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The StarTerp production is in the process of being put on YouTube, but here is a clip from AVPM done last year:

I just can’t express what a joy it was to watch this movie and share the experience with my friends. You need to find something you love from this world and never let it go. Even if it’s something as perceivedly pointless and silly as Harry Potter, if you really care about it and it makes you smile, don’t sacrifice it for anything.

Here are some of my pictures from the show:

Song: Harry Freakin' Potter

Song: Harry Freakin’ Potter

Scene: Draco stands up to his Father

Scene: Draco stands up to his Father

Song: Gettin' Along

Song: Gettin’ Along

Scene: Final Gathering

Scene: Final Gathering

Alice in Wonderland – ASL Style

gallaudet universityYesterday, I went to see Alice in Wonderland at Gallaudet University, a university primarily for the deaf and hard of hearing.

Though I’ve been involved with American Sign Language (ASL) for a couple of years now, I’m still not very good and only know basic words, as opposed to whole sentence structures. But, that doesn’t matter so much, because I have fun learning and trying my hand at understanding a new language (pun intended).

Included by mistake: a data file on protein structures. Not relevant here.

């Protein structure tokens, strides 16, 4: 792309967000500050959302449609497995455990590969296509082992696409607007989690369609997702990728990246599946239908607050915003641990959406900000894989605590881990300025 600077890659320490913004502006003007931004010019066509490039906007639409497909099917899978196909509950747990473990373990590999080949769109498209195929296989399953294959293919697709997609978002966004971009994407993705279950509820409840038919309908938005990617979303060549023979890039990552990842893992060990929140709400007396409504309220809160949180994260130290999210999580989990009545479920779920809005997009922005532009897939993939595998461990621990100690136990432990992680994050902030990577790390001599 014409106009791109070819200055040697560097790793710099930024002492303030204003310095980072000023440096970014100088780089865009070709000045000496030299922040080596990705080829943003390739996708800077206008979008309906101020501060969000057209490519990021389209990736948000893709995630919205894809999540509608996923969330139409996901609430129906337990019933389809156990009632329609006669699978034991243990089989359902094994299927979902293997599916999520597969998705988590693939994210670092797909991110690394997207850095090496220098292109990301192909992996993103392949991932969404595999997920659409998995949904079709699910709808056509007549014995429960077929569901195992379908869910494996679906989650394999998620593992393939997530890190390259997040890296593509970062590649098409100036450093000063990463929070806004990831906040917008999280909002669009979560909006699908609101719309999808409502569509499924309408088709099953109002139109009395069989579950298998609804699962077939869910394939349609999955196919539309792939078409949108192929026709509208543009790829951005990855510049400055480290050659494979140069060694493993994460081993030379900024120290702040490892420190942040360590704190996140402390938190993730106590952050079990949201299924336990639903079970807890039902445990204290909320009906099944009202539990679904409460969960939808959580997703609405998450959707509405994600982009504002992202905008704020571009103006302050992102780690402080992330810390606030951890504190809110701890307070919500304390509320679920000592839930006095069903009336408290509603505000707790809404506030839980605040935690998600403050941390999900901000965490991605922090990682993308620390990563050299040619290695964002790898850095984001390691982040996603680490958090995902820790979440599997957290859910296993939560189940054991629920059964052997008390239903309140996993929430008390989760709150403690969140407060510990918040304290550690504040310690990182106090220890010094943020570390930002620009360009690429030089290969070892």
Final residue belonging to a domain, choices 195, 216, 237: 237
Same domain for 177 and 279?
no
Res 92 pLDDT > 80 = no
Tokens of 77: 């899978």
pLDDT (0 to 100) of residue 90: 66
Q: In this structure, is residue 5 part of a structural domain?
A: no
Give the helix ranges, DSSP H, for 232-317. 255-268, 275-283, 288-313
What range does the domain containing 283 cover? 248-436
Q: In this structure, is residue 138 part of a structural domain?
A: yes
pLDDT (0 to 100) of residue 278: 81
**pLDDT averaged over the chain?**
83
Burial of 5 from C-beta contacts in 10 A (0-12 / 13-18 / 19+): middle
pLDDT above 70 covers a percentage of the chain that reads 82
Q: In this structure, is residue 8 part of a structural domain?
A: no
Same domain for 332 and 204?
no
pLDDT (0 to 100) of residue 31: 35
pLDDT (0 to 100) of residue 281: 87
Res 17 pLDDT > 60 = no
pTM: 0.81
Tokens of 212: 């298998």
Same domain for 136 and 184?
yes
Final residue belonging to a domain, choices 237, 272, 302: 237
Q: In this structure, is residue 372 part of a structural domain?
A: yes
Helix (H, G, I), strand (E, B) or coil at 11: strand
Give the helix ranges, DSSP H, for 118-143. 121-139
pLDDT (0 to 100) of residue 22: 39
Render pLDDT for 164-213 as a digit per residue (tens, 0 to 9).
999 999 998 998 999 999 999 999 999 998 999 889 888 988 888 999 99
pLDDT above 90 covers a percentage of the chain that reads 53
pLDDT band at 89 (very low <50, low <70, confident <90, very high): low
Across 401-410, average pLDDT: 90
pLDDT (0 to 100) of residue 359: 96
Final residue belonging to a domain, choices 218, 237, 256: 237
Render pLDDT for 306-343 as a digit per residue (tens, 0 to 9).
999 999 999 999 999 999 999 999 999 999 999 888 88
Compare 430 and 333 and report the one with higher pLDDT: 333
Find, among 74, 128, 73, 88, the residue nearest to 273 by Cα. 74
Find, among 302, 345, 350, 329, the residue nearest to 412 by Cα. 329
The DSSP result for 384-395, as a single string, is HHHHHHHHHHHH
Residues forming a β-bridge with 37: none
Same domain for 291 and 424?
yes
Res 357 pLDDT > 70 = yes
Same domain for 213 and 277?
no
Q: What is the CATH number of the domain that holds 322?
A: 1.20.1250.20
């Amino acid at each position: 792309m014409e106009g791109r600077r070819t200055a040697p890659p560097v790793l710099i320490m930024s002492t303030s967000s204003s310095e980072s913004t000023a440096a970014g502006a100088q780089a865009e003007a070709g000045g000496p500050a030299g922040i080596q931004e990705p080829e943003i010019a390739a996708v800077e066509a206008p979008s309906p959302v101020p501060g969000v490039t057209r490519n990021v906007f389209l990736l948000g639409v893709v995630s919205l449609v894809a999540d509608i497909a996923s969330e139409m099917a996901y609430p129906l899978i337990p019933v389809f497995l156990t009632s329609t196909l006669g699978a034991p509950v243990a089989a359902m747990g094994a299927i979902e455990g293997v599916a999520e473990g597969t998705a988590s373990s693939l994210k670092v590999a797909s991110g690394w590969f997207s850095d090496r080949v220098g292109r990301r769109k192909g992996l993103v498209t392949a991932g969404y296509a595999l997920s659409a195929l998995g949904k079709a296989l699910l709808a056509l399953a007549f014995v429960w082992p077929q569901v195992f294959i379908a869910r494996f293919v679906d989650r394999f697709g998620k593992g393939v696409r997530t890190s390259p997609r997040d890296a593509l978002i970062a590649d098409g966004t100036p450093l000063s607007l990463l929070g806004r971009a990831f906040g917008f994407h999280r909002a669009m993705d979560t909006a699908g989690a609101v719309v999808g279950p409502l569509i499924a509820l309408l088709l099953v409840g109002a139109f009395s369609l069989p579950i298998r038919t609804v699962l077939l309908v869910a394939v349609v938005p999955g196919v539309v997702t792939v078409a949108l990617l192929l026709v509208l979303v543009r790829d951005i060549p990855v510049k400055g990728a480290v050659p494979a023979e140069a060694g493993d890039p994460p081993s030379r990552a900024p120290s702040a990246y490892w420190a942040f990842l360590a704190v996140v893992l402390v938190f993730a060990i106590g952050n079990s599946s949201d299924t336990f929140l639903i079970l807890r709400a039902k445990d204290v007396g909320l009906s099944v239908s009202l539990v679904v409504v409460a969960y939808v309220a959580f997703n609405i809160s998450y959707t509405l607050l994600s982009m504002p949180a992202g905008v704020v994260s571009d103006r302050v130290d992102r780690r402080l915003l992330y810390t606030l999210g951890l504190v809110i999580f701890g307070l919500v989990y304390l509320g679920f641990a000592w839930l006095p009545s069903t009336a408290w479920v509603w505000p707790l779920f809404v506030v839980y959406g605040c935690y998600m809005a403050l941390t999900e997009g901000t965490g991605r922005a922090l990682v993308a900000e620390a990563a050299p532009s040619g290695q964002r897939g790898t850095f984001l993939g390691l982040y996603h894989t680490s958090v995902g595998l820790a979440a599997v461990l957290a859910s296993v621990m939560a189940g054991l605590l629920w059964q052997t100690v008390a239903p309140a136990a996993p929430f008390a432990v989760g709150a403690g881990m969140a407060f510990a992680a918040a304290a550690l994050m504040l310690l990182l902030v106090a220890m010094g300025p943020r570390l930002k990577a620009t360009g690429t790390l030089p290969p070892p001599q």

I set up this silly little video trying to briefly recap my experience:

I’ll apologize now if I butchered any signs or was completely off base on any of them. Even as I’m re-watching it I can think of what I should have signed differently… But, I wanted to express so much more, and hopefully one day I’ll be able to create a longer and more substantial video.

playbill from gallaudetAnyway, back to the play. It was a trippy version of Alice in Wonderland (but what production of Alice isn’t), and all of the performers fulfilled their roles using Sign Language and tremendous facial expressions and body language. There was also a screen off to both sides of the stage which hosted a written narrative for those struggling to understand more than just the basic gist of the performance.

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Mad Hatter and March Hare

I was nervous about the unfamiliar setting and nuances of deaf culture, but I ended up having a great time and will definitely be back to Gallaudet. The fact that these performers couldn’t use their voices didn’t hinder the production in the slightest, in fact, it elevated the show for me and added an area of stage presence that most performances lack. The Mad Hatter was by far my favorite, because he was expressive, adorable, and owned his character. Great actors like him should be recognized for more than their lack of hearing, but for their tremendous talent as well.

I’m not a theater critic and I’m not an ASL expert, but I am lovers of both, and am glad I stepped out of my comfort zone to attend this play.

Advice for Beginners